21 September 2021
Who does this notice affect?
Stakeholders in the import and shipping industries including cargo reporters (freight forwarders, transport companies, shipping lines), stevedores, importers, customs brokers, and any other operators in the supply and logistics chain that are responsible for reporting sea containers and break bulk arriving in to Australia destined for clearance at a different destination to the discharge port.
What has changed?
The Australian Border Force (ABF) will facilitate new reporting and clearance processes for sea cargo known as 'Gateway Clearance' from Friday 1 October 2021.
Currently consignments that are listed on the sea cargo report that have different ports of discharge and destination are required to be moved under bond on arrival to the listed port of destination where they are then released from biosecurity and customs control. Gateway Clearance will allow cleared sea cargo to be released from customs and biosecurity control at the port of discharge before transport to the intended final destination within Australia.
The Department of Agriculture, Water and the Environment supports the introduction of Gateway Clearance as a deregulation initiative to simplify the border clearance process for importers and logistics providers. It also serves to reduce the movement of uncleared sea cargo which could inadvertently carry a range of contaminants into the environment.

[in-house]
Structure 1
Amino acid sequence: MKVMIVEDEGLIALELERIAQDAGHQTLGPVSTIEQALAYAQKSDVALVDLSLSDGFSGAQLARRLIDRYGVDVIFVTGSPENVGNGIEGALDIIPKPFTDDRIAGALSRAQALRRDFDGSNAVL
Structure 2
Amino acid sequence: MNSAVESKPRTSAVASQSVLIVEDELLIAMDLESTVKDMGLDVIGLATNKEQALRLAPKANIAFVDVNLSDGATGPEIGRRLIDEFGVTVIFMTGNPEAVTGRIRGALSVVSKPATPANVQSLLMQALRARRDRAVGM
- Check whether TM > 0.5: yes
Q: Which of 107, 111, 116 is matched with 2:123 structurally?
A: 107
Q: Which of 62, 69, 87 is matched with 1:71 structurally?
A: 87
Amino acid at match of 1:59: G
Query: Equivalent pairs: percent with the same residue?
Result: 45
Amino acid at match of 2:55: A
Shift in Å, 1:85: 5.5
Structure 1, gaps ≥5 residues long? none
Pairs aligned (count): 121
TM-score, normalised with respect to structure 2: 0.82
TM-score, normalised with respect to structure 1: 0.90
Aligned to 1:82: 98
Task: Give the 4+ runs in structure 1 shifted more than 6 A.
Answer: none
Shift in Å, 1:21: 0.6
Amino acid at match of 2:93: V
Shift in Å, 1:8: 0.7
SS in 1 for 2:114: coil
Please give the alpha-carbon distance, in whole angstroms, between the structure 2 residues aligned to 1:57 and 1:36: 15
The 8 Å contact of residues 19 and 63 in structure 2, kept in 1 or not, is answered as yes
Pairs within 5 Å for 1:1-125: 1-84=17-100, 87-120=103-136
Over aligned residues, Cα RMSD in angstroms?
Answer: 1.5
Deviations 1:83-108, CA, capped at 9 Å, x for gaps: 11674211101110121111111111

Importers and brokers wishing to utilise Gateway Clearance will need to identify the port of destination to be the same as the port of discharge, irrespective of the final destination address. Note that specific biosecurity import conditions for goods as per BICON will still apply which may exclude utilising the Gateway Clearance option.
More information on the changes is available on the Australian Border Force website – Australian Customs Notice 2021/38 - Gateway Clearance of Sea Cargo.